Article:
Simply setting up a camera to take a series of images of the night sky can pick up a lot more than a few stars.
If you have a wide-angle lens, and live near a large city there is a good chance that some aircraft will fly into the field of view. The linear streak and alternating lights are a dead give-away of a plane having crossed the camera’s field of view. If you don’t have the alternating lights, it’s mostlikely an orbiting satellite reflecting sunlight.
Meteors are also somewhat of a common occurrence. These are easily recognized by their characteristic increasing than decreasing brightness as they burn up in the upper atmosphere. The meteor in the image above is from the Geminid shower.
The last artifact comes for outside our solar system, it is cosmic rays. The CCD or CMOS sensor of your camera works by performing an electric read-out of photons captured by the lens. Cosmic rays are high-energy sub-atomic particles that have traveled through space and managed to make it through the atmosphere down to us. The one in the photo above just happens to hit my camera sensor. As the near light-speed sub-atomic particle smashes into atoms on the sensor it looses energy, freeing up electrons which register as “light” by the CCD. Most of the time the cosmic ray will hit the sensor straight on, but sometimes it impacts at a shallow angle and causes a series of pixels to “light” up, as in the photo above.
Take time to examine your photos, you never know what surprises you may find.
I recently came across an article in the french Science & vie magazine, where a reader asked if Earth influences the Sun. I found it rather interesting, and while I had my doubts I still wanted to know more about it.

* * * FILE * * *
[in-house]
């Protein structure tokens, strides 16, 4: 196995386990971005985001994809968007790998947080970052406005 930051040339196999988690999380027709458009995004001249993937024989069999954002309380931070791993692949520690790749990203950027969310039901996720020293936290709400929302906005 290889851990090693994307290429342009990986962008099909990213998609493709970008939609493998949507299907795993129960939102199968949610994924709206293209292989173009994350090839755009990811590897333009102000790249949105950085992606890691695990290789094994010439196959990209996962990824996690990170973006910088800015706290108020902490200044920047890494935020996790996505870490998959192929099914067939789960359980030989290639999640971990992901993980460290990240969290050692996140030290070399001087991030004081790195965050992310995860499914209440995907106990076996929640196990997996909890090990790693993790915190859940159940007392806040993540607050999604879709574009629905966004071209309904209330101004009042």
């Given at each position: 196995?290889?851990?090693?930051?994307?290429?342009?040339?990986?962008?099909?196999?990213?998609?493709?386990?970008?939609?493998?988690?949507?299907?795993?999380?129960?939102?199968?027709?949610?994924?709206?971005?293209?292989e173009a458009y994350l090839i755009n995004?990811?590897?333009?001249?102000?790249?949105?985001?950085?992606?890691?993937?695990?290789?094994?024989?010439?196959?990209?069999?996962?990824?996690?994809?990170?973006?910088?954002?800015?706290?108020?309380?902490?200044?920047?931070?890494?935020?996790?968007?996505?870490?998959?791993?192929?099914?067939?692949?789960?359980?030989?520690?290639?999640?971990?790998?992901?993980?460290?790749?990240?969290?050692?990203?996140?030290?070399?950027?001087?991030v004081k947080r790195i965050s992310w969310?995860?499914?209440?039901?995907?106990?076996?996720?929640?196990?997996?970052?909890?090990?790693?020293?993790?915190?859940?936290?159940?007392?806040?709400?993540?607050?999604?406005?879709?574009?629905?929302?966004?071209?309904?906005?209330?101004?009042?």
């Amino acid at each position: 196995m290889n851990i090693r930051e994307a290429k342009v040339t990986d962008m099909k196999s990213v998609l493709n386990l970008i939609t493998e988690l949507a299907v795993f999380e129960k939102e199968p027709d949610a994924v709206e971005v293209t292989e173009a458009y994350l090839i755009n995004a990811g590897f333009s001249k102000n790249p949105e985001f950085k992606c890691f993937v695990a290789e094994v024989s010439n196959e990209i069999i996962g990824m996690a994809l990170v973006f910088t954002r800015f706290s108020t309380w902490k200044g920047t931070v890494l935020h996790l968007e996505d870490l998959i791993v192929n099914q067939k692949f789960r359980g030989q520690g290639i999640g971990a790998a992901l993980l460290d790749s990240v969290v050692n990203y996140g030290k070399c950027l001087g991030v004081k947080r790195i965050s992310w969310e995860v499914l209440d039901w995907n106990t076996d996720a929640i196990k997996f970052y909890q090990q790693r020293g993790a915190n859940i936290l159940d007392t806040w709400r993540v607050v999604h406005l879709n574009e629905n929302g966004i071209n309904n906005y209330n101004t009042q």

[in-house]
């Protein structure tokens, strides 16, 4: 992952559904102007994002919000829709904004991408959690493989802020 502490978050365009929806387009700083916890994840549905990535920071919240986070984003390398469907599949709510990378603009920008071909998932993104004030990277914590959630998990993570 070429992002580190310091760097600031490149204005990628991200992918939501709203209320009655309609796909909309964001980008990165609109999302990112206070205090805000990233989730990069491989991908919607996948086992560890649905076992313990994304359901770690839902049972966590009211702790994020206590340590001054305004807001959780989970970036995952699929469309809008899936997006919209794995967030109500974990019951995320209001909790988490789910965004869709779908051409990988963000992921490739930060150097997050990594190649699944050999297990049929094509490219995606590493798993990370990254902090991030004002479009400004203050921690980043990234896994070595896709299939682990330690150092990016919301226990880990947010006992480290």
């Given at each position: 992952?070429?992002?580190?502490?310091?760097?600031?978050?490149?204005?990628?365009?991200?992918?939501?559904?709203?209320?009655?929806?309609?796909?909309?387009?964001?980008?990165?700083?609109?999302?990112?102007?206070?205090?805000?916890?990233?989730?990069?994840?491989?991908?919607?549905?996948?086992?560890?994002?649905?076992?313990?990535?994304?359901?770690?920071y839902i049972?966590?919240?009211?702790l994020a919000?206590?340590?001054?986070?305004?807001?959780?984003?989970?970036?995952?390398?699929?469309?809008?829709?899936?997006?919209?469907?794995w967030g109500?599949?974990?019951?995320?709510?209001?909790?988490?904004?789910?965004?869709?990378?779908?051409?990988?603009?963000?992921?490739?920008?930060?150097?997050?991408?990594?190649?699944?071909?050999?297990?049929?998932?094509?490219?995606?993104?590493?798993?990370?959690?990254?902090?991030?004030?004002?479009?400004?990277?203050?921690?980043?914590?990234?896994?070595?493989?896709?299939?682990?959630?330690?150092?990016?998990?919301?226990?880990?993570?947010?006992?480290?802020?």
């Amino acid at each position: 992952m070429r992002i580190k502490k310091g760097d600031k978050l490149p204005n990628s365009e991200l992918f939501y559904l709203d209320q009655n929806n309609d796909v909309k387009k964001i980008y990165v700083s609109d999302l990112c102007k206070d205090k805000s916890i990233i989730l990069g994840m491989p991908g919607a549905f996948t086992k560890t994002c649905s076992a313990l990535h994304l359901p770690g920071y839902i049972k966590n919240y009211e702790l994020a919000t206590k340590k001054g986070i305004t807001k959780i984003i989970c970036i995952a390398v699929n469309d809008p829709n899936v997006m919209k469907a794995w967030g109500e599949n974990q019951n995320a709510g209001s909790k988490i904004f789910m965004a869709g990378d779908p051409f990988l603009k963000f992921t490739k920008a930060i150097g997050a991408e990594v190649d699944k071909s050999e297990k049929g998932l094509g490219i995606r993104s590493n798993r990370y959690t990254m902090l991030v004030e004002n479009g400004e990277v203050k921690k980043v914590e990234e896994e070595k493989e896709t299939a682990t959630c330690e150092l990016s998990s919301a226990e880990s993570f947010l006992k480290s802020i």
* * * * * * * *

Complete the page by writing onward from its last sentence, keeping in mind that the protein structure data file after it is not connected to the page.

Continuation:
The reader wasn’t the first to wonder if there was any interaction, various models and observations have been put forward since the late 1800s. We often read about two bodies interacting in space. The first exoplanet was discovered due to its gravitational influence on its star causing it to wobble. This type of gravitational influence works when two bodies have a mass within one or two orders of magnitude of each other. But in the case of our Sun, it is 99.86% of the solar system’s mass, and most of the remaining is taken up by Jupiter and Saturn. Therefore from a gravitational perspective Earth has no effect on the Sun.
But could the 11 year period in solar activity, characterized by the rise and fall of number of observed sun spots be caused by the planets? The exact source of that periodicity has yet to be clarified. Well a team of researchers at the Helmholtz-Zentrum Dresden-Rossendorf (HZDR) put out a paper in 2016 after demonstrating that every 11.07 years the planets Venus, Earth and Jupiter are aligned. Coincidence?